Despite wishful arguments for art as an agent of change, art-making itself can never be confused with real activism, where personal liberty, livelihoods, bodies, even lives are laid on the line. Ellen Lesperance copes with the cognitive dissonance common to politicized artists disconnected from direct action. With quietly beautiful paintings, ceramics, dyed silks and knitted garments, she honors the courage of those standing up against injustice or environmental destruction. In Portland she has found a receptive audience for her craft-based project—witness a 2012 Hallie Ford Fellowship and her selection for the 2014 Oregon Biennial. For her first exhibition at Adams and Ollman, she created six works (all 2013 or ’14) that continue to valorize ardent activism.
Each painting represents a sweater worn by a female protester the artist spotted in the news. On tea-stained paper, Lesperance pencils a dense grid and then chromatically deconstructs the woman’s sweater almost stitch by stitch, filling each tiny grid-unit with the corresponding color. The resulting mosaic roughly approximates the shape of a torso with arms and is part conjecture since, translating from photos of bodies in action, Lesperance has imperfect information about the actual garment. Sometimes she adds an inscription whose source is unclear; the words may be the demonstrator’s or perhaps the artist’s in imaginative solidarity with her. “Through a rustling of trees,” reads one caption, “and still in the pre-dawn dark, o mother, the police draw their guns . . . ” The sweater that inspired this painting, emblazoned with an iconic white bird, belonged to a Mi’kmaq woman who braved Canadian Mounties’ pepper spray and rubber bullets last year as her people tried to block shale-gas exploration on tribal land.
Vibrant chevrons traverse the voluminous garment in Not the Nightmare, Not the Scream . . . , conjuring a rainbow-colored seismogram. According to the gallery, it is associated with a Fukushima disaster protester. Because demonstrations broke out worldwide in the wake of Fukushima, this sweater may have originated anywhere. The ominous shape of a cooling tower seems embedded within its stylized pattern. You and I Are Earth depicts a royal-blue pullover with bands of cloud-flecked sky. The press release says this sweater’s owner joined a 2009 Earth First! anti-logging roadblock in an Oregon state forest. The distinctive garment turns up right away in an Internet search, on a young woman roped to a fellow protester, camped on the ground amid makeshift fencing and caution tape. Lesperance sparks curiosity about the fate of her intrepid protagonists and their struggles, every painting having a rousing backstory: House Harp (Occupy! 2011), for instance, commemorates Portland’s iteration of Zuccotti Park; Woman II, British women’s antinuclear Greenham Common Peace Camp of the early 1980s.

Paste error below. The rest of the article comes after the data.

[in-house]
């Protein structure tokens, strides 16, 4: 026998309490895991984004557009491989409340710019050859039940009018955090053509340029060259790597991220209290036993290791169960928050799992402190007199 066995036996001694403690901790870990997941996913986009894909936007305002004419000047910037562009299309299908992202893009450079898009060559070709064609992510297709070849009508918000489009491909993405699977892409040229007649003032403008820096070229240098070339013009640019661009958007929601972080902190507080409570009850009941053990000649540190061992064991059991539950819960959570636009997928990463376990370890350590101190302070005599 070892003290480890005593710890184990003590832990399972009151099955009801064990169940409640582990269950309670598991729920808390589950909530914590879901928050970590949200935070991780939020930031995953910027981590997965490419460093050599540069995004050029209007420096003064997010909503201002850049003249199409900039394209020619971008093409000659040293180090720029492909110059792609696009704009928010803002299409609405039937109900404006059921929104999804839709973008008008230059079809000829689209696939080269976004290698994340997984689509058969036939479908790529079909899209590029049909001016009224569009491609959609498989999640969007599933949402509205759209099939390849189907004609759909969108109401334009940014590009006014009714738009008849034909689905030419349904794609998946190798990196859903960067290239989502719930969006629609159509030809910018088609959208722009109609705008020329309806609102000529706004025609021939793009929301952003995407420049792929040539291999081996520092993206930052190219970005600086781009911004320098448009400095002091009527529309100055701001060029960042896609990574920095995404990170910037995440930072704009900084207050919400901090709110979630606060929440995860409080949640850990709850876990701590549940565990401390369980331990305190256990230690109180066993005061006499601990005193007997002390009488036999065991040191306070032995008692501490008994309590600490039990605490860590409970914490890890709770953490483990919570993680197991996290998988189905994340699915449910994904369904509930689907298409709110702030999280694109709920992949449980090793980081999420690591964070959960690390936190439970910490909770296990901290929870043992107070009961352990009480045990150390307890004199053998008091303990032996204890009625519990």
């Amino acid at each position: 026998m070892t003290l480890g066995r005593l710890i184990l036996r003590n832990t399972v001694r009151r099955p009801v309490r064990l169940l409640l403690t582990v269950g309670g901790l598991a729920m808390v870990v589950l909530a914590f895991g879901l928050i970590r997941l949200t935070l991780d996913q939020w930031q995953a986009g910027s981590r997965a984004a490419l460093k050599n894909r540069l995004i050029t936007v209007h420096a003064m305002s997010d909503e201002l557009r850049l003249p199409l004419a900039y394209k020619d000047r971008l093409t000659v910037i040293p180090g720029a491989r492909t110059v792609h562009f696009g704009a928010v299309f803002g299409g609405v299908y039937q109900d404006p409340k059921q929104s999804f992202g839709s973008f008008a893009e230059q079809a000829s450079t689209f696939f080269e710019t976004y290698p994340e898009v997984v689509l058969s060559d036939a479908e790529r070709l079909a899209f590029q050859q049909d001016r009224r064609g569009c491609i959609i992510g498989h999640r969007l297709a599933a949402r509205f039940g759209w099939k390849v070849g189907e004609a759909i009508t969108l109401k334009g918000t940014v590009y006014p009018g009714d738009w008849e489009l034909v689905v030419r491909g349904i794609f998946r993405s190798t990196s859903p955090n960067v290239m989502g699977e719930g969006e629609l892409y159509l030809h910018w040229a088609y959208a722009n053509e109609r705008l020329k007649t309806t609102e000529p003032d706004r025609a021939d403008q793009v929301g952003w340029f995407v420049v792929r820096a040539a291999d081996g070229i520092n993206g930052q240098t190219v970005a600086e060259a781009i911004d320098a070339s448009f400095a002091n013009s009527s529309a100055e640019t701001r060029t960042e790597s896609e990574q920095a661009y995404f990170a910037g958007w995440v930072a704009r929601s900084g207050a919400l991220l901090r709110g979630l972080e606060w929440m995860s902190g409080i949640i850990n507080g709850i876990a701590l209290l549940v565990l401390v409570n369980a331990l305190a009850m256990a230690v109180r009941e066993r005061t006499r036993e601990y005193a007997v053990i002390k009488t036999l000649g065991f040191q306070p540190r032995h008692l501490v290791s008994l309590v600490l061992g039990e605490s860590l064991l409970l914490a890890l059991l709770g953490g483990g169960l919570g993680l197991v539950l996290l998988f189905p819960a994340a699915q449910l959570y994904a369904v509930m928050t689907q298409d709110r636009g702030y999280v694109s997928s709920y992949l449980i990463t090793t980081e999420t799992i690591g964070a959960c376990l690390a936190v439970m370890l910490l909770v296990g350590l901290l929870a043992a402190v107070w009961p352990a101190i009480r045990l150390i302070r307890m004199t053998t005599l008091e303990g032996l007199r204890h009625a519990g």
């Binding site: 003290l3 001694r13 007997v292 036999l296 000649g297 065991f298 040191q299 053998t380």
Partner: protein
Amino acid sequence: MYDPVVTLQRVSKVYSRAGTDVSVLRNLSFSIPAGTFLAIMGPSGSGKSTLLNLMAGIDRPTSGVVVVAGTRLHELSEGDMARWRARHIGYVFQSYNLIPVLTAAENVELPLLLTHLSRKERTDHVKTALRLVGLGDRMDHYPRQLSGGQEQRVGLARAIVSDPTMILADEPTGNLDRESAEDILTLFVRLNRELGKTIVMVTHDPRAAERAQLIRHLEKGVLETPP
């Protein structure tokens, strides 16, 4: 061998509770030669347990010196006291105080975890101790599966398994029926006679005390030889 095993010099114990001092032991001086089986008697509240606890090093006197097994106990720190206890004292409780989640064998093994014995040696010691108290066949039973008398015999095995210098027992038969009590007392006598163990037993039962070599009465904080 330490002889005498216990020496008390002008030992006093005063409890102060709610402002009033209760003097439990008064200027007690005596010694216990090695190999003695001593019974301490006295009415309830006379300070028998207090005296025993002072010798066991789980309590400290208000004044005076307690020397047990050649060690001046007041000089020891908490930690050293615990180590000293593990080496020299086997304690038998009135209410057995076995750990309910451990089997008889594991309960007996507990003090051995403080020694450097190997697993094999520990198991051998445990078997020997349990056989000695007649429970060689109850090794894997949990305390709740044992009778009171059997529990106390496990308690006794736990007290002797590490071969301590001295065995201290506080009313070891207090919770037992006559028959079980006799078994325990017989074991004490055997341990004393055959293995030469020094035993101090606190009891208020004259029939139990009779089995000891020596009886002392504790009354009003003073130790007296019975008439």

This latter work incorporates a woolen outfit knitted by Lesperance—pants, pullover and sleeveless cardigan. The ensemble was hung on a dowel rod near its painted counterpart on the wall. In other installations, the artist has displayed her honorific sweaters on pedestals or in open drawers; here the garments became an effigy, evocative of an absent body. With outstretched arms, the outfit appeared exuberant, or sacrificial, like those real bodies laid down with heroic urgency in the world beyond the contemplative space of the gallery.